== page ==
Archive for ‘Pardon’

June 13, 2011

Father Hear Your Children

In God is my salvation and my glory: the rock of my strength, and my refuge, is in God. Trust in him at all times; ye people, pour out your heart before him.: God is a refuge for us. Selah. … God hath spoken once; twice have I heard this; that power belongeth unto God. Also unto thee, O Lord, belongeth mercy: for thou renderest to every man according to his work. Psalm 62:7, 8, 11, 12

Every time I listen to this song it becomes my prayer and I “pray” (replay) it over and over because I love its simplicity, directness, and child-like trust and acceptance of the Solution.

The beautiful thing is that as you hear it you, too, can pray this prayer and allow your Father, God, to take you just as you are and make you pure. His mercy is sure.

Father, hear Your children call
Humbly at Your feet we fall
Prodigals, confessing all
To the cross we bring our blame
All our life-long sin and shame
Penitent, we breathe Your name
Penitent, we breathe Your name

By Your love, by Your grace
By the blood of Jesus wash our sins away
Make us new today
Hear us as we pray

We’re blind, but pray for eyes to see
Where we’re bound, Lord make us free
Stained, we plead for purity
Where we’re sick, apply Your cure
Take our guilt and make us pure
For Your mercy Lord, is sure
For Your mercy Lord, is sure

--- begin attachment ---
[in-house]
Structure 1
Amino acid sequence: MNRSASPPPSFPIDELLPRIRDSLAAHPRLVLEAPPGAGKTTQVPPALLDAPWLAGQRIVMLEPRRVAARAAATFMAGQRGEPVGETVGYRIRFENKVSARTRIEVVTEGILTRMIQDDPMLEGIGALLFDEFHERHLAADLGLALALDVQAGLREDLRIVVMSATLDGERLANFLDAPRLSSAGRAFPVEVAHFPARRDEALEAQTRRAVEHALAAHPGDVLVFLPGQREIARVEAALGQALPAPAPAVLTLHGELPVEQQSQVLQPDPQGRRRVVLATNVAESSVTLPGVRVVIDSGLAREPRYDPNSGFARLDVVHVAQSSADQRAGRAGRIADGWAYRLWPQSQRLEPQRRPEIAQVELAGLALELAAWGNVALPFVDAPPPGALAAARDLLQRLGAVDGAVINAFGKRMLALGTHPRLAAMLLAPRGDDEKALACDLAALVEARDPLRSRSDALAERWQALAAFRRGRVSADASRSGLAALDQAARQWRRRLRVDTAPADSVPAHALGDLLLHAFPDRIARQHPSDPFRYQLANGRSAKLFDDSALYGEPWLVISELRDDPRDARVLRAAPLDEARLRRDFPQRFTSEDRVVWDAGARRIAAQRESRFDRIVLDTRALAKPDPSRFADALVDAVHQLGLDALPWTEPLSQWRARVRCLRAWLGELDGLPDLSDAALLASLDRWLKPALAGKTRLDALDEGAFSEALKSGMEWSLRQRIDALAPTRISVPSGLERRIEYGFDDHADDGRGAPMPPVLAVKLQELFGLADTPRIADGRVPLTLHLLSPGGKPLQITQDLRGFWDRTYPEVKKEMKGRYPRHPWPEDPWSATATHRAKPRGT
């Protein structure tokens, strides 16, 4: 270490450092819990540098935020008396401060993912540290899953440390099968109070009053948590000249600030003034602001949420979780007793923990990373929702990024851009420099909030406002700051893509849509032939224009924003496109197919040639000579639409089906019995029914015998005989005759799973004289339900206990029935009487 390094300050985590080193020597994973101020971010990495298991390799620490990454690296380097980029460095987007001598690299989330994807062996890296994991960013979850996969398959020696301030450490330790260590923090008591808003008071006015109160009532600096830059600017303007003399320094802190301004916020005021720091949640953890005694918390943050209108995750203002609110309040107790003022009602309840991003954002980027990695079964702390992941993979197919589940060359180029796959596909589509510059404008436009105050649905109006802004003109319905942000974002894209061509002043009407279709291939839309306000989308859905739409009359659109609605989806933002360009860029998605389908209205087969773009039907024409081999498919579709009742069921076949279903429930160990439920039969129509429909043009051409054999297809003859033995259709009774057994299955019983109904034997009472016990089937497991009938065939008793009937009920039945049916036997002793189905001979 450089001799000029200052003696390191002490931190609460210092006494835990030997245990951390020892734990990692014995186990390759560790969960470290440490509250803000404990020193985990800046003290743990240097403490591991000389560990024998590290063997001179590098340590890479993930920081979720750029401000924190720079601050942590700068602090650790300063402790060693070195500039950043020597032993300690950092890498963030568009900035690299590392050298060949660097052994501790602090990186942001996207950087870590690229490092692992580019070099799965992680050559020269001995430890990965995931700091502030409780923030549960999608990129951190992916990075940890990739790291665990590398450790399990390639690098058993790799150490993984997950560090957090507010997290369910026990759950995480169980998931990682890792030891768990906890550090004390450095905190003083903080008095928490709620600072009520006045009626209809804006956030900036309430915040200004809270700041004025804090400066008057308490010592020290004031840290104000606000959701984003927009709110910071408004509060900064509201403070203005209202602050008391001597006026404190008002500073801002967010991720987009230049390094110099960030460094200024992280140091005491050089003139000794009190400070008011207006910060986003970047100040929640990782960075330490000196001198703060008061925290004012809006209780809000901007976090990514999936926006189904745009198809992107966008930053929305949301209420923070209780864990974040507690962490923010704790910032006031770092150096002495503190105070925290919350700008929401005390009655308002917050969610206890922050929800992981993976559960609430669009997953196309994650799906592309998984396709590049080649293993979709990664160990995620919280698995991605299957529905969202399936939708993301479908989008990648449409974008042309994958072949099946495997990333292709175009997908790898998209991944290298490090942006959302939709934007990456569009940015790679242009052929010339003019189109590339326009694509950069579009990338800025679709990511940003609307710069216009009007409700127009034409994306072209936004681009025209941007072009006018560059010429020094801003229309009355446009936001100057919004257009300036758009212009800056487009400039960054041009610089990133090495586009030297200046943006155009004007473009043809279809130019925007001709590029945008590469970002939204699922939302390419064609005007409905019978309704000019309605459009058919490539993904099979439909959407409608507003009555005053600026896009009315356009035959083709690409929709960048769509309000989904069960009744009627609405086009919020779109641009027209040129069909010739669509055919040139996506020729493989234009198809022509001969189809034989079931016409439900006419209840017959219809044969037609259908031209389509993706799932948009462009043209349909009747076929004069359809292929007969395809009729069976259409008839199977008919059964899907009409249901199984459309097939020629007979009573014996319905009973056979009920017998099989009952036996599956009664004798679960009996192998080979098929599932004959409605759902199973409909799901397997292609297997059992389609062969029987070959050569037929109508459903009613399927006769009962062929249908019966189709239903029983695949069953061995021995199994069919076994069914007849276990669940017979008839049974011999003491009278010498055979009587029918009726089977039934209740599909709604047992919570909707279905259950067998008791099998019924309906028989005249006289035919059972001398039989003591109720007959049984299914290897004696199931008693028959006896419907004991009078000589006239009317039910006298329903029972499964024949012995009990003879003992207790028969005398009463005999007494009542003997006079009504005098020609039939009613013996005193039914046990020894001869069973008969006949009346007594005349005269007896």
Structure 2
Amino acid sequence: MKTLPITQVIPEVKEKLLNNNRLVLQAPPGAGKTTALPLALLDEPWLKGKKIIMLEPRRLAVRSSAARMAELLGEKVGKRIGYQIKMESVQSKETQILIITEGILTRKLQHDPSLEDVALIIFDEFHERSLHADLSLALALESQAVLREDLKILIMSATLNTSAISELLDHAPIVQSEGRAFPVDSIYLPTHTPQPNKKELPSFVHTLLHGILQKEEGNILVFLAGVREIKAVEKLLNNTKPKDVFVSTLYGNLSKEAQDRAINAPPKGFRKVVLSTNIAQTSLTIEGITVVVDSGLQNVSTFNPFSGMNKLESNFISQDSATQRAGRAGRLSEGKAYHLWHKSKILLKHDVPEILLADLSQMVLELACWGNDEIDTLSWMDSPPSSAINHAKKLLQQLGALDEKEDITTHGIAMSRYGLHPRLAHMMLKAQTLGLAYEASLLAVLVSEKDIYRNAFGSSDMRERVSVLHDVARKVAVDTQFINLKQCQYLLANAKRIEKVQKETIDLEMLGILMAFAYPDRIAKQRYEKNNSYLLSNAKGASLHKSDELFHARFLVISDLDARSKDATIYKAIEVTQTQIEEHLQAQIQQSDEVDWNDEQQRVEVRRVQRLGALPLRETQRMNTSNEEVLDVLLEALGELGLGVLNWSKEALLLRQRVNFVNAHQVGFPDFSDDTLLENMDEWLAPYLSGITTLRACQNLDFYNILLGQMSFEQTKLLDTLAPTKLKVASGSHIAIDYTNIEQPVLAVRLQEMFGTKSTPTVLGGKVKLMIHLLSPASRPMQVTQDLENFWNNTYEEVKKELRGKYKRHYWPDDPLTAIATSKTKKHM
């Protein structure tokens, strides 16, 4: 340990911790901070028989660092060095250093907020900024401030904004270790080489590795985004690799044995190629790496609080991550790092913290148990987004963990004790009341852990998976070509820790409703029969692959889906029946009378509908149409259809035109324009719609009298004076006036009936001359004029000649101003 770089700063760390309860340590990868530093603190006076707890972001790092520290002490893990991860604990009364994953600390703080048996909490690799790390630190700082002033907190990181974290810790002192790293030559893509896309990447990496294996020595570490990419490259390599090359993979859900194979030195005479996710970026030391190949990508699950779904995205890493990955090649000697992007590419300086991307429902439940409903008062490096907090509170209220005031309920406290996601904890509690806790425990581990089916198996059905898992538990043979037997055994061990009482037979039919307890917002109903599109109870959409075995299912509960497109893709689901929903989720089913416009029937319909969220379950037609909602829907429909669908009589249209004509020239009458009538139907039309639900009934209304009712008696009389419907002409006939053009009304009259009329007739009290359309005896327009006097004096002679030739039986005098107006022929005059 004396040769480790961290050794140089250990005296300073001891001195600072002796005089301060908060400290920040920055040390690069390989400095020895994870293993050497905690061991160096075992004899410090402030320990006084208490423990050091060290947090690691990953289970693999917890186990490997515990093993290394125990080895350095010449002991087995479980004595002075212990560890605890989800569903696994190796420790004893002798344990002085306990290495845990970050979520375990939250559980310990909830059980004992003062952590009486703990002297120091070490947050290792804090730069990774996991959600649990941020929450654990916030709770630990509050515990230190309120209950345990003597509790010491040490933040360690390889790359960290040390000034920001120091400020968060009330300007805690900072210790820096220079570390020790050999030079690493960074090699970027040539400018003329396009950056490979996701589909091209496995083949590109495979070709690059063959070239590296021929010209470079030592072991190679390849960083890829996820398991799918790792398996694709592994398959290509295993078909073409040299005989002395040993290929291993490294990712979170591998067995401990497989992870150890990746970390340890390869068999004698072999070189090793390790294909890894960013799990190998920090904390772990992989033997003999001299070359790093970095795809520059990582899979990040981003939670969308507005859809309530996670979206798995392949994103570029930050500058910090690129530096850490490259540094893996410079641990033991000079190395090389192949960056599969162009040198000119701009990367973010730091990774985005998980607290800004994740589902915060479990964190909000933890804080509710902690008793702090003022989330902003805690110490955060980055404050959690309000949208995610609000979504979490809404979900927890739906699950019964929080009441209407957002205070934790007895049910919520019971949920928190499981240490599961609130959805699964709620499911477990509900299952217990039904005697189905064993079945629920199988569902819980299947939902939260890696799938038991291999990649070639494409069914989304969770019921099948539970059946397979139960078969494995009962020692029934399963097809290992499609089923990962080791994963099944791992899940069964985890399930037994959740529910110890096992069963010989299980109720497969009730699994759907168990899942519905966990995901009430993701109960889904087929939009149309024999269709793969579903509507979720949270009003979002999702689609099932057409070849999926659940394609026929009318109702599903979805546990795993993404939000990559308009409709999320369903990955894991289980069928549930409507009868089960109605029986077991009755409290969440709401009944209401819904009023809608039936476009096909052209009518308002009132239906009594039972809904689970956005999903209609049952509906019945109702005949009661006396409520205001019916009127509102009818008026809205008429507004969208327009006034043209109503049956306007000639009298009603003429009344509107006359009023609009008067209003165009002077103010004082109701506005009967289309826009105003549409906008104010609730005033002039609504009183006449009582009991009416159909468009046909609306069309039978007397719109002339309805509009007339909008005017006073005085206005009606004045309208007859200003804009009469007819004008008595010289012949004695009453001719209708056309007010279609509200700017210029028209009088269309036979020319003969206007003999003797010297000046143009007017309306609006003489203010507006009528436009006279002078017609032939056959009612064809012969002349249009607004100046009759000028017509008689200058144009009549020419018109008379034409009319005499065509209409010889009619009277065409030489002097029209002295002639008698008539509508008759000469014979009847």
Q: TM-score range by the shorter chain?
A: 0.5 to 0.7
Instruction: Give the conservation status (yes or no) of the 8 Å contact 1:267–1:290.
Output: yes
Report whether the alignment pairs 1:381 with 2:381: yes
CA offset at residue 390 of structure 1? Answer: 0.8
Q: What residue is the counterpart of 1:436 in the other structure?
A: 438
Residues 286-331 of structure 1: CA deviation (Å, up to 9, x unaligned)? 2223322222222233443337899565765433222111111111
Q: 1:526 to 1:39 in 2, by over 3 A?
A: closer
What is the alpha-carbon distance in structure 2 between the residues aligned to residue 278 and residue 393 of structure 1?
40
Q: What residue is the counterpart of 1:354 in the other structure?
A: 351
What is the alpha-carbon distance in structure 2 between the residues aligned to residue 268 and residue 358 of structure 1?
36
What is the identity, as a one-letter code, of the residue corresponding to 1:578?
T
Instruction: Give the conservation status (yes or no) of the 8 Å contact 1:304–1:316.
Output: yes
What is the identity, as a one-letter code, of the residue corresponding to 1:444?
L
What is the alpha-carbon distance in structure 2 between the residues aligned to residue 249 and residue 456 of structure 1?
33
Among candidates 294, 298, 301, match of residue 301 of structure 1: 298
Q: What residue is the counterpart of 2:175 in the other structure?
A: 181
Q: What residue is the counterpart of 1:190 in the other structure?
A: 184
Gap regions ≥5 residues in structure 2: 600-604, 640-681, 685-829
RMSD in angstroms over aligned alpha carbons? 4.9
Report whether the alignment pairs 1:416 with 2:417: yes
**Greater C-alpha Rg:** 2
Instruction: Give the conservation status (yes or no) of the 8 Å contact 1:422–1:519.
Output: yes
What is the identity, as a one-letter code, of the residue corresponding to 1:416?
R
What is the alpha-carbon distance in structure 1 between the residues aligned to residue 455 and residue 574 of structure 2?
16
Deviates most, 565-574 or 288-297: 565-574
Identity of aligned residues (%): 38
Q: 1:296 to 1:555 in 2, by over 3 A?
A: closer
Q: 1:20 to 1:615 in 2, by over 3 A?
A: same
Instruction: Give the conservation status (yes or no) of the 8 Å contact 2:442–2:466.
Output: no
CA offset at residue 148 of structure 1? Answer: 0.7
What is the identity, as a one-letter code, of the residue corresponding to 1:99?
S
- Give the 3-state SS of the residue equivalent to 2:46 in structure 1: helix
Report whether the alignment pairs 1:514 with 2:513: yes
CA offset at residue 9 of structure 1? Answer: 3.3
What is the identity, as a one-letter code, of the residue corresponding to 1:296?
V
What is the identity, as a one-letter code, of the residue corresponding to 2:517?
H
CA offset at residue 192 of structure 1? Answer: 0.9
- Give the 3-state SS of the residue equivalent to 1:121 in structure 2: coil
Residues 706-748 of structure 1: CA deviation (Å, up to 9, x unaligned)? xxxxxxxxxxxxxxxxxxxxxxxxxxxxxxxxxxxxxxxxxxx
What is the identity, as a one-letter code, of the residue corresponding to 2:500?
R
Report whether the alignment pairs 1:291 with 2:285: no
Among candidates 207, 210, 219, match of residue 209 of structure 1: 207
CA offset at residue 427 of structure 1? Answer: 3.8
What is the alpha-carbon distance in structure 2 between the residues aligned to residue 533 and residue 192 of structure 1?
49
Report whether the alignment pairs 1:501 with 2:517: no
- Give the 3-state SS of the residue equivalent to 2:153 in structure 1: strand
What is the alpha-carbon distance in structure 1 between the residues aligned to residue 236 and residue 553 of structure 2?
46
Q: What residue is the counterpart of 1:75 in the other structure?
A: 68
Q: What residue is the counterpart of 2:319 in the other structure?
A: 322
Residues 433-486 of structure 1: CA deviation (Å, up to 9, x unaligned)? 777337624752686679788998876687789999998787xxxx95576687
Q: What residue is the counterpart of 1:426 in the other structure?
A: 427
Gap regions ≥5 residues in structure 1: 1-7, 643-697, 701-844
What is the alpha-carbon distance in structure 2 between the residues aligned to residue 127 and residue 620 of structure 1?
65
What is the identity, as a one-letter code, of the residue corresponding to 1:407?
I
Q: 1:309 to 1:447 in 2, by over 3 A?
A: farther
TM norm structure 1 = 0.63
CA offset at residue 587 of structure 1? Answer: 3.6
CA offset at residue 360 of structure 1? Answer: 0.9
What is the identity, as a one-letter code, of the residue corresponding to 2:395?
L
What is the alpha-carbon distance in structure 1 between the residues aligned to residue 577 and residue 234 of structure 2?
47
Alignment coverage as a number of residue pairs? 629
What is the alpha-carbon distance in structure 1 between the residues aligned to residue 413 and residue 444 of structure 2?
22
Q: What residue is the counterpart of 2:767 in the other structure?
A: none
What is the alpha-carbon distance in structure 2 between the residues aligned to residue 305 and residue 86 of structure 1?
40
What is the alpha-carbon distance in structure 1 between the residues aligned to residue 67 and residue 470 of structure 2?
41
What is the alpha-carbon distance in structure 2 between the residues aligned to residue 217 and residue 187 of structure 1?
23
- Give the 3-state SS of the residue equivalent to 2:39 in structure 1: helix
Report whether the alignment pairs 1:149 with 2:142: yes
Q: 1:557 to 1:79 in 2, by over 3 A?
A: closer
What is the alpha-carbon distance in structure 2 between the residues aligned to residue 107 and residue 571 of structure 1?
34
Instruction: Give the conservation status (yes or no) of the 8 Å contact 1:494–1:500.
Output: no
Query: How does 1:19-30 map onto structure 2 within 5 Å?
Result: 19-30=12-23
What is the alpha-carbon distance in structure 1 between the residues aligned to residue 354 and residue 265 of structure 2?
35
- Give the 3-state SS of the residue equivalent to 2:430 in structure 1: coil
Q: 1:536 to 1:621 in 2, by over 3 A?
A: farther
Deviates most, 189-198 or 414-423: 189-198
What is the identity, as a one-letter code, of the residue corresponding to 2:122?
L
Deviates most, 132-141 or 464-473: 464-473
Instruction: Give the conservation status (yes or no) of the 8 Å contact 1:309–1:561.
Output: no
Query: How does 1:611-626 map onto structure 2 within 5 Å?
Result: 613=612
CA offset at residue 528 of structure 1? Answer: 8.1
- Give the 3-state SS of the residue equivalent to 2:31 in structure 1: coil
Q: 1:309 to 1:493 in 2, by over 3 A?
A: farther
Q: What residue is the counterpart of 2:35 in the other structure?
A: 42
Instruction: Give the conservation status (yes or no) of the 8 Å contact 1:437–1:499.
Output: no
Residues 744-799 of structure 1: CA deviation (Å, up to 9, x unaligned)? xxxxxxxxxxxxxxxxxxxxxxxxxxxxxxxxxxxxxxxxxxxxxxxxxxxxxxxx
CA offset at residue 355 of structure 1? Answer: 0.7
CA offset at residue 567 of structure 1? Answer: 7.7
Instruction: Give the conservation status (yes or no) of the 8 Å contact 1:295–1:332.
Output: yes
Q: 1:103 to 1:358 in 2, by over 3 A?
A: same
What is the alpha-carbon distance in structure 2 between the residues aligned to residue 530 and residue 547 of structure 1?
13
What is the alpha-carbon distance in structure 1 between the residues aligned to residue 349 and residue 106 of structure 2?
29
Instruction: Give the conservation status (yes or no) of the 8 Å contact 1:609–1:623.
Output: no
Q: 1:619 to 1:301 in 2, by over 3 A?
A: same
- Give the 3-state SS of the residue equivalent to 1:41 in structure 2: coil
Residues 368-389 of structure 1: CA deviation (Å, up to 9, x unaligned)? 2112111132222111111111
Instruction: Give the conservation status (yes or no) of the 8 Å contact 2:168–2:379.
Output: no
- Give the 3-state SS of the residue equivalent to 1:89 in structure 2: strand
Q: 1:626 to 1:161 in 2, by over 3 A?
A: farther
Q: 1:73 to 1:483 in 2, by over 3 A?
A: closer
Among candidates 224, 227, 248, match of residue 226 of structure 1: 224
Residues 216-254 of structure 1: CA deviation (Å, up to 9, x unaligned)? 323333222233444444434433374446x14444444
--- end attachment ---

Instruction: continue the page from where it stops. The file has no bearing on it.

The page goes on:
Lord, we have no other place to go
Only You can heal the wounding of our soul
Let forgiveness flow
Let forgiveness flow

Traditional Hymn, Public Domain
Additional Lyrics by Steve Green

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April 3, 2011

Our First Duty: Look

While my hands were busy with manual labor the other day, I overhead an inspirational thought that I’ll share with you now.

“As Moses lifted up the serpent in the wilderness,” even so was the Son of man “lifted up: that whosoever believeth in Him should not perish, but have eternal life.” John 3:14, 15. All who have ever lived upon the earth have felt the deadly sting of “that old serpent, called the devil, and Satan.” Revelation 12:9. The fatal effects of sin can be removed only by the provision that God has made. The Israelites saved their lives by looking upon the uplifted serpent. That look implied faith. They lived because they believed God’s word, and trusted in the means provided for their recovery. So the sinner may look to Christ, and live. He receives pardon through faith in the atoning sacrifice. Unlike the inert and lifeless symbol, Christ has power and virtue in Himself to heal the repenting sinner.

While the sinner cannot save himself, he still has something to do to secure salvation. “Him that cometh to Me,” says Christ, “I will in no wise cast out.” John 6:37. But we must come to Him; and when we repent of our sins, we must believe that He accepts and pardons us. Faith is the gift of God, but the power to exercise it is ours. Faith is the hand by which the soul takes hold upon the divine offers of grace and mercy.